In 2000, Rogers decided to leave the music business[1] altogether and pursue a career in academia.[2] She earned her doctorate in music cognition and psychoacoustics in 2010 from McGill University.[4][7]

Collaboration with Prince[edit]

Rogers was hired by Prince "sight unseen" after he sought an audio technician from Los Angeles. Her first official recording task with him was capturing the guitar solo for "Let's Go Crazy", the opening track of Purple Rain. This marked the beginning of a significant collaboration between Rogers and Prince.

A key aspect of Rogers's work was her role in creating and managing Prince's famed music collection, known as the Vault. This began as a practical solution to Prince's frequent requests for reference tapes. Realizing the importance of organizing these materials, Rogers collaborated with Prince's office staff to start a database of all the tapes, a task made challenging by the available technology in 1983. Her proactive approach led her to source recordings from various locations, including other studios, and she reached out to Warner Bros. to secure Prince's masters, a move that was not typical given the contractual norms of the industry. This effort notably saved these recordings from the 2008 Universal Studios fire that destroyed many other musical works.[8]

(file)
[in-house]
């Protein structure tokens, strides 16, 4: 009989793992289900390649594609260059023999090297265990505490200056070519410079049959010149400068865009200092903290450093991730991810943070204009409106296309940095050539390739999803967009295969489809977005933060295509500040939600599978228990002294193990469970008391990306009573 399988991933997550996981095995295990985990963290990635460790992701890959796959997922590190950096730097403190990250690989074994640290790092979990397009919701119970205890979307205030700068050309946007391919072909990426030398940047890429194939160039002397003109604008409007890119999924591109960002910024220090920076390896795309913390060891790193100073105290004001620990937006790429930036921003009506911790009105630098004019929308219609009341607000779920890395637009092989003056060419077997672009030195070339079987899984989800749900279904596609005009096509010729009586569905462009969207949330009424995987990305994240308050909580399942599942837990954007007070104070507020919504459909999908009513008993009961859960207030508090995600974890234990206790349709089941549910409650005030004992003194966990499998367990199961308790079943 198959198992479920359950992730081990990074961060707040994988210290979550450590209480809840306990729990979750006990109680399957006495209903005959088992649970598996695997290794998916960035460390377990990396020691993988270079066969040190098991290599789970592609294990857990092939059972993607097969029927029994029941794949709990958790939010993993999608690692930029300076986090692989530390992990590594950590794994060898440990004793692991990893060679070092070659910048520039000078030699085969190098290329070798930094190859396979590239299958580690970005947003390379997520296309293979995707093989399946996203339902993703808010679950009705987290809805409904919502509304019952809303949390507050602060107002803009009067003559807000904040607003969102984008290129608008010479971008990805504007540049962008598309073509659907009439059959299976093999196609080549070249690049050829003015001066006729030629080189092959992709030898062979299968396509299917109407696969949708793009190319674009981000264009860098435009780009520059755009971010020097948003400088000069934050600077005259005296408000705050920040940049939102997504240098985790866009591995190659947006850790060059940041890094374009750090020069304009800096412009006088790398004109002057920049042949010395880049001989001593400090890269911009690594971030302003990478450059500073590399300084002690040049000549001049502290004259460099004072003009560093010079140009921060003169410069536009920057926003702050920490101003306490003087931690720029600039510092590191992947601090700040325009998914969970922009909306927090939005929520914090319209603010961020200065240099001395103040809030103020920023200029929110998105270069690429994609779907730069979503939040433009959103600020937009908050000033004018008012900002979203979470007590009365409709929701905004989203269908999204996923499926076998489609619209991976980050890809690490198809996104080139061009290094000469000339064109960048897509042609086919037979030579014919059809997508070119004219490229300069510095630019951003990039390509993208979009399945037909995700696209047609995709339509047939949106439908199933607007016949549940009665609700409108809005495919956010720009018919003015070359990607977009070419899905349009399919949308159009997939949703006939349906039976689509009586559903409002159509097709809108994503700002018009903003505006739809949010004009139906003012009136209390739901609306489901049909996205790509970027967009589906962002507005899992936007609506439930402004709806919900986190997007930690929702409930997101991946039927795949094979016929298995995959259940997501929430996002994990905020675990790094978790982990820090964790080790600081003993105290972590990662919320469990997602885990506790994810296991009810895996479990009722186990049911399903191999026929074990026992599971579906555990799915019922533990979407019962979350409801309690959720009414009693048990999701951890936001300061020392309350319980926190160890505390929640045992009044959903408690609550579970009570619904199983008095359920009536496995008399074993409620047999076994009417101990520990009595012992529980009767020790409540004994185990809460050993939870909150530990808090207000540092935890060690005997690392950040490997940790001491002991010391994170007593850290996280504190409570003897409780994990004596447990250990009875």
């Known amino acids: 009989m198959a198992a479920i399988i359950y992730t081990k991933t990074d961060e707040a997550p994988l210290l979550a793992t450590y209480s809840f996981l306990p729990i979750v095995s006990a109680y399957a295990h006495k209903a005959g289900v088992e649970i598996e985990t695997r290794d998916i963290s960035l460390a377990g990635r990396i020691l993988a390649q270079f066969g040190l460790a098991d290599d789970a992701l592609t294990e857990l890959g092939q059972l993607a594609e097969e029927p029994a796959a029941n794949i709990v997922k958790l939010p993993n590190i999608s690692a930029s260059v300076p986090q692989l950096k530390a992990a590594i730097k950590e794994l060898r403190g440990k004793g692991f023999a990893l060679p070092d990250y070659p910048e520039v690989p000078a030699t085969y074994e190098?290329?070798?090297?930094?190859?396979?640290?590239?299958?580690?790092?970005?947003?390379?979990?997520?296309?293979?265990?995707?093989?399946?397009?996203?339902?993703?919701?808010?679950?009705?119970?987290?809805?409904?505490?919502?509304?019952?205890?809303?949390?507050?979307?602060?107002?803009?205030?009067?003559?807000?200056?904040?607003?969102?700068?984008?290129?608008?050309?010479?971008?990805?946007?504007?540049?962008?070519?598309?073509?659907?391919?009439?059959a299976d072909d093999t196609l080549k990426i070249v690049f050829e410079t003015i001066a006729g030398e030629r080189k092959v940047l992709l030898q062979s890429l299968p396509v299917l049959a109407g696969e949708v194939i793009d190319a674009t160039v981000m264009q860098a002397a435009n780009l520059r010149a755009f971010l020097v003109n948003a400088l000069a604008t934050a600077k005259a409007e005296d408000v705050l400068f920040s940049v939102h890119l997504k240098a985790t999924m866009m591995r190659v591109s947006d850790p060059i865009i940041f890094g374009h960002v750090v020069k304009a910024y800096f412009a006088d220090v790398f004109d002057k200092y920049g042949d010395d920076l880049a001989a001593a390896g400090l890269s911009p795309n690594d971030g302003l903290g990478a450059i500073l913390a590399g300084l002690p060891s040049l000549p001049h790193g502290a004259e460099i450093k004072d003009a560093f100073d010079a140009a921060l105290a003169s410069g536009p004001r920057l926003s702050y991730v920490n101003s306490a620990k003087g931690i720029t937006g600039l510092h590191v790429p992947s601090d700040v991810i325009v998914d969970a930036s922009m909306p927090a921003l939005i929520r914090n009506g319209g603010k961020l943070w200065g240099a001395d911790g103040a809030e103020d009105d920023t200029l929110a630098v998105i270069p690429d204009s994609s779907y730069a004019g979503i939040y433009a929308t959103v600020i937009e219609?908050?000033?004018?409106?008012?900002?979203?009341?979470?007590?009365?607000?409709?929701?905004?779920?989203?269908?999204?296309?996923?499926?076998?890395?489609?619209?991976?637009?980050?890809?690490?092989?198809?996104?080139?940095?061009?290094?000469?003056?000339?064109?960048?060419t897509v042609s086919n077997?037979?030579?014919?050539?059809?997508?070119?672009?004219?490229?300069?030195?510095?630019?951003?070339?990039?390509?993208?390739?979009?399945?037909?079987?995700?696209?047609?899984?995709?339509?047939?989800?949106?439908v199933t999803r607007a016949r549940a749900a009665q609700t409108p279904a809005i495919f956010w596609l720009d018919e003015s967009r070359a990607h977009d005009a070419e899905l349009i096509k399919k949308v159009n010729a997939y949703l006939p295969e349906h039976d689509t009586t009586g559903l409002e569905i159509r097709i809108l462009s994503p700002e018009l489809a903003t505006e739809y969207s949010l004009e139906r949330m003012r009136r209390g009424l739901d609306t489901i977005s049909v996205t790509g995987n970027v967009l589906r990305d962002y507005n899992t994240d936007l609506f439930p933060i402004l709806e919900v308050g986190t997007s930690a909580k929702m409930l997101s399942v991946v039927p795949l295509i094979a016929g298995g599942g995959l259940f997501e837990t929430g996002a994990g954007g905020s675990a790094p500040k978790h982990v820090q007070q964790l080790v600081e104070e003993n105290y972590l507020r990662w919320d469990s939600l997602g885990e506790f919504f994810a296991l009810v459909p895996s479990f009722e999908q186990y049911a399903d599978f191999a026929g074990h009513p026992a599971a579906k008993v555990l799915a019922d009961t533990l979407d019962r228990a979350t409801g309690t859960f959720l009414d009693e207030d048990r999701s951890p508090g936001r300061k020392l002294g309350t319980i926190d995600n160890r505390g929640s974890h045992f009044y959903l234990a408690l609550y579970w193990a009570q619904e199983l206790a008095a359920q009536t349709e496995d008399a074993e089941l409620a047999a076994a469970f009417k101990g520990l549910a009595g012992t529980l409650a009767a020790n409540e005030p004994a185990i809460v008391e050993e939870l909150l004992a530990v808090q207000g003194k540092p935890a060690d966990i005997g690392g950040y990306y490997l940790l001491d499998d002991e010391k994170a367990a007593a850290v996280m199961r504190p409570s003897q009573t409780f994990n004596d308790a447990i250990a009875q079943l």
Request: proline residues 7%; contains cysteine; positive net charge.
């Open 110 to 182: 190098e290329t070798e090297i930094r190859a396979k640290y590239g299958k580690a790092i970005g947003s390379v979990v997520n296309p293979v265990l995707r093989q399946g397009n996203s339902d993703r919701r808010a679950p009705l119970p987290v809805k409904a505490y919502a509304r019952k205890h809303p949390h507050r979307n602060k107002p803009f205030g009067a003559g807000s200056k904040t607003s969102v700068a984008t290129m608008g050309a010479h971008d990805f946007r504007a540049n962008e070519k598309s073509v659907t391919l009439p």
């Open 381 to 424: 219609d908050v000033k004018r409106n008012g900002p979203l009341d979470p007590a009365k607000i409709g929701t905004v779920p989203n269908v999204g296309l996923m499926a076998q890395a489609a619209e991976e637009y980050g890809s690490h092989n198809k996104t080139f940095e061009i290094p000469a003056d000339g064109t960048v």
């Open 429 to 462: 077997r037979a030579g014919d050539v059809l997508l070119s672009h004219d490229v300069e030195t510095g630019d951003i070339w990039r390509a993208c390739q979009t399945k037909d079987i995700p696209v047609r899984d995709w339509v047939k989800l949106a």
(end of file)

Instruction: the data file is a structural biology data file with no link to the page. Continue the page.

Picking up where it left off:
Rogers's actions ensured that Prince's albums could be remastered and reissued posthumously. She has collaborated with the Prince Estate for the re-release of Sign o' the Times, which includes a deluxe edition with 63 previously unreleased tracks.

Beyond her technical expertise, Rogers shared insights into Prince's character, describing him as having extraordinary courage, work ethic, and artistic isolation. She emphasized his ability to focus on his work, avoid common pitfalls of the rock star lifestyle, and his leadership skills at a young age.[9]

Rogers's book, This Is What It Sounds Like: What the Music You Love Says About You, co-written with Ogi Ogas, was published by W. W. Norton in 2022 ISBN 9780393541250.[10][11]